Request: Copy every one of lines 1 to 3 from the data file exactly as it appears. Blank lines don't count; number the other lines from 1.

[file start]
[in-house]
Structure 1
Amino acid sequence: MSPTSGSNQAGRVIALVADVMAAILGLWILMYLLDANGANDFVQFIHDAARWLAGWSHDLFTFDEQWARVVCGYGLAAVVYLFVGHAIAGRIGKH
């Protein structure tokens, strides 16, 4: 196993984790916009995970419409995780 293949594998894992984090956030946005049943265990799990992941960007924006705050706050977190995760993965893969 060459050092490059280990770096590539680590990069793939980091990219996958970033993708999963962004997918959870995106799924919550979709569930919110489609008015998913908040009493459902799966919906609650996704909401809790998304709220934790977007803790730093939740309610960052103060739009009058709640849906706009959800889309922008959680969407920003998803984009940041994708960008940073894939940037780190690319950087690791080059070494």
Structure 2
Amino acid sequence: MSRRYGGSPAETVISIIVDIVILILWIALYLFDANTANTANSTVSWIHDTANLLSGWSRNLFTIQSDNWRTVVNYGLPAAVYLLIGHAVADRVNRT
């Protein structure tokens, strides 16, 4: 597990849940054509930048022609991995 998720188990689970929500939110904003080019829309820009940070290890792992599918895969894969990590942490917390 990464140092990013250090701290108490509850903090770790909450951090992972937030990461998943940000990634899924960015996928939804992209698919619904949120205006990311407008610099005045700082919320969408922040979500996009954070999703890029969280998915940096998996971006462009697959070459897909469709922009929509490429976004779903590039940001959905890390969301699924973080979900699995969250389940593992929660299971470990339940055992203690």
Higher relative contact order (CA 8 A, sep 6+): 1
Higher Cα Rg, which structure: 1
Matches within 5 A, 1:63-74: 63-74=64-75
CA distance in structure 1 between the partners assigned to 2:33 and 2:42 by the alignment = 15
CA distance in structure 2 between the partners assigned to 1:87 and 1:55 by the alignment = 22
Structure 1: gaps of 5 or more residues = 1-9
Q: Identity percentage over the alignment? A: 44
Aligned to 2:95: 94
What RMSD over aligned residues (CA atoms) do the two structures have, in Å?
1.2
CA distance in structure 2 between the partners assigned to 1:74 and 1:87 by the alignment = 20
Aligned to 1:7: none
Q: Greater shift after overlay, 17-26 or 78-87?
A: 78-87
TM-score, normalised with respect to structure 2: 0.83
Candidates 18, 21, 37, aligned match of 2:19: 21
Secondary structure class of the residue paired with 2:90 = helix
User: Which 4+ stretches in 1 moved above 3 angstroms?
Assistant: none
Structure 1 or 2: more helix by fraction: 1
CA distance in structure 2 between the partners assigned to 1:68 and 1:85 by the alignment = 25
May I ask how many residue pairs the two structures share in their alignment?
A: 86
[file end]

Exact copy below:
[in-house]
Structure 1
Amino acid sequence: MSPTSGSNQAGRVIALVADVMAAILGLWILMYLLDANGANDFVQFIHDAARWLAGWSHDLFTFDEQWARVVCGYGLAAVVYLFVGHAIAGRIGKH